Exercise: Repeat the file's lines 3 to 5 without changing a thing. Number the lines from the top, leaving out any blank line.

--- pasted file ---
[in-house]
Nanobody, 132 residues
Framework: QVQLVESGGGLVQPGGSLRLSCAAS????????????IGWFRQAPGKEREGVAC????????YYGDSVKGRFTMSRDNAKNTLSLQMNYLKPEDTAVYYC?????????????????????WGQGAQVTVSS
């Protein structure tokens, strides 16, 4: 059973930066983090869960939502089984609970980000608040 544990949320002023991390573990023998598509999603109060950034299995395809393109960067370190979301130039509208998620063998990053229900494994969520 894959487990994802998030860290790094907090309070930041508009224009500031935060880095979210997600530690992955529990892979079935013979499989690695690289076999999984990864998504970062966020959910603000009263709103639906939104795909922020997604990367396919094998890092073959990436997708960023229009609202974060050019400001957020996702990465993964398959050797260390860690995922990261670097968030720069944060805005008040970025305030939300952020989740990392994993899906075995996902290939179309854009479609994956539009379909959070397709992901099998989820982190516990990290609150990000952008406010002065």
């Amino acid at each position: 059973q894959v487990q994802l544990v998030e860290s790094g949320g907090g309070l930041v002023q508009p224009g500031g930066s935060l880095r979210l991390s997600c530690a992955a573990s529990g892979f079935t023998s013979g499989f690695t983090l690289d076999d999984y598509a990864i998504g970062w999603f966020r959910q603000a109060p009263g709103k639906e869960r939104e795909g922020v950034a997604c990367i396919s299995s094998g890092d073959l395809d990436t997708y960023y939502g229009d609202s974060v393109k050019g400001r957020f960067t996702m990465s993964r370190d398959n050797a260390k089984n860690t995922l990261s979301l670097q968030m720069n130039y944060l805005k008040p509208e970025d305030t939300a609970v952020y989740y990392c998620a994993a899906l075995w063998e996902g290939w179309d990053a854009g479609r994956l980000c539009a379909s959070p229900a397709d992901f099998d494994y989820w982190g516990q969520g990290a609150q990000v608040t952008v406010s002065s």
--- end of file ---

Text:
Framework: QVQLVESGGGLVQPGGSLRLSCAAS????????????IGWFRQAPGKEREGVAC????????YYGDSVKGRFTMSRDNAKNTLSLQMNYLKPEDTAVYYC?????????????????????WGQGAQVTVSS
């Protein structure tokens, strides 16, 4: 059973930066983090869960939502089984609970980000608040 544990949320002023991390573990023998598509999603109060950034299995395809393109960067370190979301130039509208998620063998990053229900494994969520 894959487990994802998030860290790094907090309070930041508009224009500031935060880095979210997600530690992955529990892979079935013979499989690695690289076999999984990864998504970062966020959910603000009263709103639906939104795909922020997604990367396919094998890092073959990436997708960023229009609202974060050019400001957020996702990465993964398959050797260390860690995922990261670097968030720069944060805005008040970025305030939300952020989740990392994993899906075995996902290939179309854009479609994956539009379909959070397709992901099998989820982190516990990290609150990000952008406010002065």
């Amino acid at each position: 059973q894959v487990q994802l544990v998030e860290s790094g949320g907090g309070l930041v002023q508009p224009g500031g930066s935060l880095r979210l991390s997600c530690a992955a573990s529990g892979f079935t023998s013979g499989f690695t983090l690289d076999d999984y598509a990864i998504g970062w999603f966020r959910q603000a109060p009263g709103k639906e869960r939104e795909g922020v950034a997604c990367i396919s299995s094998g890092d073959l395809d990436t997708y960023y939502g229009d609202s974060v393109k050019g400001r957020f960067t996702m990465s993964r370190d398959n050797a260390k089984n860690t995922l990261s979301l670097q968030m720069n130039y944060l805005k008040p509208e970025d305030t939300a609970v952020y989740y990392c998620a994993a899906l075995w063998e996902g290939w179309d990053a854009g479609r994956l980000c539009a379909s959070p229900a397709d992901f099998d494994y989820w982190g516990q969520g990290a609150q990000v608040t952008v406010s002065s």